What Is Internalized Racism

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As children, we are taught about racism and physical differences that make us diverse; however, have we genuinely grasped the concept of how we are not different? Outside we may look different, but what is inside has no discrepancies. Coincedently, this belief adds on to what goes on in people's minds. Two reasons; internalized racism and internalized white supremacy. M;l.,m/any people get confused and mix these two reasons and their meanings up. People seem to think that the internalized racism is correlated with whites and the internalized white supremacy is correlated with African Americans. This has become the result of our school systems failures. In this day in age, many people need to understand the differences between these two terms.…show more content…
Like I said before, there is a lot of internalized white supremacy in the world. One of the biggest pieces of evidence is these settings. Front stage is when someone's behavior reflects society's norm and follows expectations of the behavior. Frontstage behavior is a routine. It is how we talk or go on with our daily lives. An example would be talking to someone about what you did over the weekend. This setting hides what we truly feel. This is not what we believe. Our true beliefs cannot be shown in frontstage settings because it may cause conflict and you could get in trouble. This is where backstage settings come in. Backstage behavior is where whites with bad feelings towards different ethnicities can show their beliefs to close acquaintances without getting in trouble. Many turn towards name calling, racial humor, and stereotypes. They feel safe to express their feeling even though they know it could hurt someone if they heard it.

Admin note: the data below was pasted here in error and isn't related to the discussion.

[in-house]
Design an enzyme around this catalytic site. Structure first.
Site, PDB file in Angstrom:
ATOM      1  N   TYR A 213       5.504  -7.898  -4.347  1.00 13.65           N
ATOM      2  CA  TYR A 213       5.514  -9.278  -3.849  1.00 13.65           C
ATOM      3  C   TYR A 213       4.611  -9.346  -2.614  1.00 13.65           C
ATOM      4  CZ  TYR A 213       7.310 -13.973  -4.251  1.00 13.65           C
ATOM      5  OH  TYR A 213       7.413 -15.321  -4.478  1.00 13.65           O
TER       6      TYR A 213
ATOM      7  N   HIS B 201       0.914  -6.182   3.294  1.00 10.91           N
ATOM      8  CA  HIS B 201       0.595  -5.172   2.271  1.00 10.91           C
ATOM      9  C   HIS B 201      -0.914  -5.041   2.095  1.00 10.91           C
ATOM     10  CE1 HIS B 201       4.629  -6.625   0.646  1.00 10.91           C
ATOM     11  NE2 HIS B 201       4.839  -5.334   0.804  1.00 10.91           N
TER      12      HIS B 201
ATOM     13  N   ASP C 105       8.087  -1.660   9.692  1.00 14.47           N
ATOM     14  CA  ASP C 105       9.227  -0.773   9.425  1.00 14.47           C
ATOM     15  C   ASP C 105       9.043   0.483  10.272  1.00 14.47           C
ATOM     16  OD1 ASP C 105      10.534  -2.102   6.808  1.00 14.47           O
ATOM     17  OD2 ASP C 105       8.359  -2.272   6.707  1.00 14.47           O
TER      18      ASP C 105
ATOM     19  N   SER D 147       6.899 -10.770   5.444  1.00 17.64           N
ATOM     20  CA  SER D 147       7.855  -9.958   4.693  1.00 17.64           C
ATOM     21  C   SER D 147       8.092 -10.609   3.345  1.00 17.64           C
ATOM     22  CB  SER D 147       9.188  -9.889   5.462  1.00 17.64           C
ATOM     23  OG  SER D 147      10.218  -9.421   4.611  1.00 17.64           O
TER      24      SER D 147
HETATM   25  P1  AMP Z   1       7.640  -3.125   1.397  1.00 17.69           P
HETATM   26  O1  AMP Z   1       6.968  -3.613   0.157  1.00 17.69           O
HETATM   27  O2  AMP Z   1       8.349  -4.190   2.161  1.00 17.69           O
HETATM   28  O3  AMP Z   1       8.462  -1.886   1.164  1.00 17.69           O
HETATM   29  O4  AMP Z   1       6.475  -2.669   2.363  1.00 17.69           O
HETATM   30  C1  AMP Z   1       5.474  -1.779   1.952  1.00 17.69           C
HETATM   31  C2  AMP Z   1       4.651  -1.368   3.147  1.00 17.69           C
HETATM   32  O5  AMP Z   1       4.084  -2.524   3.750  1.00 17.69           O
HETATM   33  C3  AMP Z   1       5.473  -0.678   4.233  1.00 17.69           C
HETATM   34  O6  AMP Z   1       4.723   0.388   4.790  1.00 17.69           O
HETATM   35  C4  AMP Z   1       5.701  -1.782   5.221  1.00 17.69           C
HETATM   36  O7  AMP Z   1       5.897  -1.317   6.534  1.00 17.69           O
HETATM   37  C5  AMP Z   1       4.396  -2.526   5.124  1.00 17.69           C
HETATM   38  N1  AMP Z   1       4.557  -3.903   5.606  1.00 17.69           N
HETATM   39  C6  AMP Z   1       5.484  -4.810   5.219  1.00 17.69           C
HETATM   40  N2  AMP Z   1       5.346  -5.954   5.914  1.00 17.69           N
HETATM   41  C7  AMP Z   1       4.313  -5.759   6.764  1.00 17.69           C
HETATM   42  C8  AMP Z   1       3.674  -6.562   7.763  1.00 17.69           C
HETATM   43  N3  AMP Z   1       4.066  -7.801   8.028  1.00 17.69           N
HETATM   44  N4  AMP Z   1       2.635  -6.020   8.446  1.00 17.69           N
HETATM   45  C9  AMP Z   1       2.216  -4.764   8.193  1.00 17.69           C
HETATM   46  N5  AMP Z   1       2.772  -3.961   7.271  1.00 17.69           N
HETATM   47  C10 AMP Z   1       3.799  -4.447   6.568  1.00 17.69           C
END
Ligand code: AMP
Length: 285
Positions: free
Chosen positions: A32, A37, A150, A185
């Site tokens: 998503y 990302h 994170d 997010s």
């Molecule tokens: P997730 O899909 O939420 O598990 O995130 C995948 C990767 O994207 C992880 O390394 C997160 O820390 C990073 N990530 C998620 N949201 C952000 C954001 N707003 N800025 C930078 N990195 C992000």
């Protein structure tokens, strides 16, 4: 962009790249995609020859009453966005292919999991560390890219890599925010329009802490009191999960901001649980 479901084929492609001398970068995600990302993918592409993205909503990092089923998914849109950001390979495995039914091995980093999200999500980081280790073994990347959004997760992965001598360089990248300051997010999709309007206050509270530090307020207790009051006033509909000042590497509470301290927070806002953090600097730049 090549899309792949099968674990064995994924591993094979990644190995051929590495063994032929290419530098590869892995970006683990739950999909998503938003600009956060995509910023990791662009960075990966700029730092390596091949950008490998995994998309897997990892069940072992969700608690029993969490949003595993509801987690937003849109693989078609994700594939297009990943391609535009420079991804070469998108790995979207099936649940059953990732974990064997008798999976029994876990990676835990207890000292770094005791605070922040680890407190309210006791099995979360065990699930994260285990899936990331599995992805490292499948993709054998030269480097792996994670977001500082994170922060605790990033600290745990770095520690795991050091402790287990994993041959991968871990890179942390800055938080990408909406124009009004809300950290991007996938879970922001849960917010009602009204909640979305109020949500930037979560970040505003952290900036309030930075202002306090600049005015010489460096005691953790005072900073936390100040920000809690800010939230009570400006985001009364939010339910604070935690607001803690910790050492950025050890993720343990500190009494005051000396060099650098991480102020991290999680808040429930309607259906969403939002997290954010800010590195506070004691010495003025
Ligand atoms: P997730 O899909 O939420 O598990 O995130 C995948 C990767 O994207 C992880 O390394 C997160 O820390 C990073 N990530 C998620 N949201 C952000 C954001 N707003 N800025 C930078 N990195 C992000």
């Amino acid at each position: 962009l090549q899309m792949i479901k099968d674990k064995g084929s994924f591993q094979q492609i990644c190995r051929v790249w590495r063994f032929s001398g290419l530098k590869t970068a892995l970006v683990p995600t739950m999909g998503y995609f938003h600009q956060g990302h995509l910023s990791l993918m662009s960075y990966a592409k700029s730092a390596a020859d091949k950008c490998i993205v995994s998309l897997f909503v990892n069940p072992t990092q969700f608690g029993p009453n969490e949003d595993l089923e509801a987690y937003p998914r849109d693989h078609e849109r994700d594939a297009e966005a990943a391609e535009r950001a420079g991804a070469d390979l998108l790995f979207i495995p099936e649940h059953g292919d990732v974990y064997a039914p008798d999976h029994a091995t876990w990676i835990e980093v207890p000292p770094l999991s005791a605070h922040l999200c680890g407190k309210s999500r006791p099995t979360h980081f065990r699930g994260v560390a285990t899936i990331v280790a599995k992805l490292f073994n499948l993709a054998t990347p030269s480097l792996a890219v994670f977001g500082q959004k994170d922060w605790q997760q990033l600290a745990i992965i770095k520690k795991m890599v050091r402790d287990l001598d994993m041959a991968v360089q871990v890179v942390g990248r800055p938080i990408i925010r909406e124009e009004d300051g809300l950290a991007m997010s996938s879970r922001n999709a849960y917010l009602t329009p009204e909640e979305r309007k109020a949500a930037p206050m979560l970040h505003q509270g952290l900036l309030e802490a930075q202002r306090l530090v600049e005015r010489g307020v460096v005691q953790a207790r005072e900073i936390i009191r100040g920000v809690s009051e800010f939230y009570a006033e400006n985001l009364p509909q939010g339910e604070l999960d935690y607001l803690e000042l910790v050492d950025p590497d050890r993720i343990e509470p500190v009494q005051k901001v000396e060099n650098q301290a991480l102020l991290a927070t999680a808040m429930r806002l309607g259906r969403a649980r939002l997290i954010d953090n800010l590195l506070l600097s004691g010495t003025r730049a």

In “Theories and Constructs of Race”, Linda Holtzman and Leon Sharpe have defined internalized racism as “the process by which people of color take in negative messages of overt and covert racism, superiority, and inferiority, and apply those messages to themselves and others in ways that are self-destructive rather than self-affirming” (600). The main cause of this is not by any physical violence, but the psychological violence that is portrayed through racist meanings and
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One being in our school system. Throughout history schools have sugar coated what is right and what is wrong. Many children do not get told that what they are saying could be offensive and the child continues to say it. From a firm belief, schools should train their staff or have programs that teach how to tell children about the racism problem happening around them. Schools also only focus on the large facts that some children might not understand. The information that is going into a child's brain should be told at their education level, because then the child will remember it better. Teachers should not focus on the large idea, but focus on the small ideas that have formed the large one. Take for instance, Martin Luther King Jr. Telling children just that he was a civil rights leader who was assassinated is not doing anything for the child’s knowledge. Instead a teacher should go more in depth of what he was fighting for, his background, and how exactly he made his mark on the world. Another reason schools should inform children better is because, as I said before, bullying. Millions of students are bullied, whether it be how they look, how they talk, or their ethnicities. Schools should have a more hand on approach with bullying so that children can understand that what they are doing is wrong. Now any approach of changing the schools is not going to fix problems right away. But if we start and make a little
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